British Journal of Music Education – meet the new Editors for 2013
This year, Regina Murphy and Martin Fautley replace Pamela Burnard and Gary Spruce as the Editors of British Journal of Music Education (BJME). In their first Editorial, Regina and Martin pay tribute to their predecessors and outline their view of the journal’s role in music education.
We write in times of great signiﬁcance internationally in music education – on the one hand, the limitless possibilities for learning and pedagogy through, for example, technology and social media, whilst on the other, the increasing demands on the education sector for evidence such learning is contributing directly to the economy. We will not shy away from confronting these competing tensions head on. We are aware that in so doing we may say things which are at times uncomfortable, confrontational, and opinionated. Having acknowledged this, it is thus in the spirit of wanting to do a service to music education that we will use the privileged position of the editorial as a platform for our views, and, hopefully, for causing our readers to pause awhile in thought.
We also want to carry on with the great tradition of the BJME in promoting the highest standards in music education research publication. We make no apologies for wanting to uphold these standards as established by our predecessors. Music education is a wide and eclectic domain, and we are keen to maintain this breadth, and welcome articles which are of relevance to our audience. We appreciate that there are pressures on academics internationally to publish, and we want to continue to be at the forefront of creating impact internationally. At the same time we are very aware that the many voices in music education – whether the small, individuated and marginalised, or the large and corporate – can have important things to say and we will promote those which we believe deserve to be heard above the clamour.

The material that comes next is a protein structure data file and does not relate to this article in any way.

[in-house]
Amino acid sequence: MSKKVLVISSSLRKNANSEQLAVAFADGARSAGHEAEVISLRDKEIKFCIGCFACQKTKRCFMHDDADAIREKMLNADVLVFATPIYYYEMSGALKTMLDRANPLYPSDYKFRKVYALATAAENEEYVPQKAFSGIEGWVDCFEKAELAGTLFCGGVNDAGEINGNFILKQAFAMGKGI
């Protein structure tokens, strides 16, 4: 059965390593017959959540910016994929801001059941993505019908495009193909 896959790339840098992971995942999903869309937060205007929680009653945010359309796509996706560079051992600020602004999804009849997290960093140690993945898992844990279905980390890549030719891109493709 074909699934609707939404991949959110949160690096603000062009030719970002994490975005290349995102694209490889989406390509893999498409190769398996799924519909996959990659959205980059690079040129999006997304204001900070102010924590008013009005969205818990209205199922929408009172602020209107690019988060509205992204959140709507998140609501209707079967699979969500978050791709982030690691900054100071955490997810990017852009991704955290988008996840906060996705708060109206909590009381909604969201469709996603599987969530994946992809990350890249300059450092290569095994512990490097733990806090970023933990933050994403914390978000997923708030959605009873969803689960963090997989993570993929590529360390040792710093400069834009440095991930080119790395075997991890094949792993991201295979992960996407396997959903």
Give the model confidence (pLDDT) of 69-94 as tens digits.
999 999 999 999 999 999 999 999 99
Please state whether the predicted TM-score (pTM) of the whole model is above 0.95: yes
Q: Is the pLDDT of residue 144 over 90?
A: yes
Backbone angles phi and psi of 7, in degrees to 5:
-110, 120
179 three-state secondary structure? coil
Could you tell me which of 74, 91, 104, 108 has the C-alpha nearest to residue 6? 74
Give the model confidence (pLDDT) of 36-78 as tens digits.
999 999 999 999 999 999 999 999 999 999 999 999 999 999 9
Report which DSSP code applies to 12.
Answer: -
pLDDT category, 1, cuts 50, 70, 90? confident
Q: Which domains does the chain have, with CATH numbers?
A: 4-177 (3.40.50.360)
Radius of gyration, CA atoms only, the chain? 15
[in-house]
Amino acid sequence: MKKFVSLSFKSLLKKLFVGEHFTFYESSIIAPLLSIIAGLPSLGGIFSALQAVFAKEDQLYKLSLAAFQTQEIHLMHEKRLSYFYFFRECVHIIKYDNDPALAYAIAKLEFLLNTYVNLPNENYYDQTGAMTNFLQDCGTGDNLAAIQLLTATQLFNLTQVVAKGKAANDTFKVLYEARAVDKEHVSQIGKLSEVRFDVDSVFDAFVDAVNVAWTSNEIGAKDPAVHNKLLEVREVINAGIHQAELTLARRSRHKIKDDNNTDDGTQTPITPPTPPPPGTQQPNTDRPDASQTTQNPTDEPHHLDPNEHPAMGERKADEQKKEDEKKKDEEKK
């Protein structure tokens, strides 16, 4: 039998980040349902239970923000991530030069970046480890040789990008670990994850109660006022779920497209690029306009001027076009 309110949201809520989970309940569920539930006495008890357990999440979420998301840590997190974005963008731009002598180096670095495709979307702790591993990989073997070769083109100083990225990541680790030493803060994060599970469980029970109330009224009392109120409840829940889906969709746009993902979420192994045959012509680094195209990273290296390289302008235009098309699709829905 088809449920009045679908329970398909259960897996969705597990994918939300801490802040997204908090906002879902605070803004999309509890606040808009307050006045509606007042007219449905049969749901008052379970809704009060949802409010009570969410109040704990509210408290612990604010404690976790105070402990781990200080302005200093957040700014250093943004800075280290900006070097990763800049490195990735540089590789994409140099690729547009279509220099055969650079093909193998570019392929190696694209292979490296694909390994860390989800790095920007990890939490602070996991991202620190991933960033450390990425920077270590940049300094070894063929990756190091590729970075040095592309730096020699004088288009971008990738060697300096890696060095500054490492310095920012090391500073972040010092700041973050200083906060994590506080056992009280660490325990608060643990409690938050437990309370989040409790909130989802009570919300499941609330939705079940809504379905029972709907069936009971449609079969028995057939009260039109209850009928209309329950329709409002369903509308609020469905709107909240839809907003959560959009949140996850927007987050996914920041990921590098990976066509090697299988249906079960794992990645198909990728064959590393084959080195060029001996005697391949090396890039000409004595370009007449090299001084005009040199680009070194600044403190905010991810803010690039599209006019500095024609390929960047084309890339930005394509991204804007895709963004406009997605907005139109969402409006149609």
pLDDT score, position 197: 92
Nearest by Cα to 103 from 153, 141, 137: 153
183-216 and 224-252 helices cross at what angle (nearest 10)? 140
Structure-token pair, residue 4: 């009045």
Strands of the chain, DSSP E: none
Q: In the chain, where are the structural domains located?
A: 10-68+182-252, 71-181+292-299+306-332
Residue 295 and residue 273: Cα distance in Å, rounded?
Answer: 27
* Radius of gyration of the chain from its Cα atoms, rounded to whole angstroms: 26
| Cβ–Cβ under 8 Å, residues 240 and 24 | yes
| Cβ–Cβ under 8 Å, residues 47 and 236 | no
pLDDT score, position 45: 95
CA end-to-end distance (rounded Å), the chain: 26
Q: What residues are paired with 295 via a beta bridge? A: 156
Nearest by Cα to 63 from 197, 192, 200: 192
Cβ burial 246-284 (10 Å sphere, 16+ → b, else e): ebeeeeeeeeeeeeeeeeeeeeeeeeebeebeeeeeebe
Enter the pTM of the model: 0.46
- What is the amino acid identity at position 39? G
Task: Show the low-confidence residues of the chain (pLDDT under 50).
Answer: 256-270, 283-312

We are also mindful of the fact that the journal contains the word British in the title. We (like our immediate predecessors) represent two rather different cultures where the word contains different baggage, in our cases Martin Fautley from England, and Regina Murphy from Ireland. We want to maintain the notion of a journal based in Britain, but which has an outward facing and international worldview. This does not mean that we will ignore the local, but that we want to locate it within a greater setting. In the context of the Global Village, we wish to be the location for discussion round the Parish Pump!
We are excited by the prospect and the future for BJME, and hope to take the journal on as the twenty-ﬁrst century consolidates itself in this second decade. New ideas will lie alongside the old, but the place of music remains central as a human endeavour, if not the human endeavour that distinguishes us as a species.
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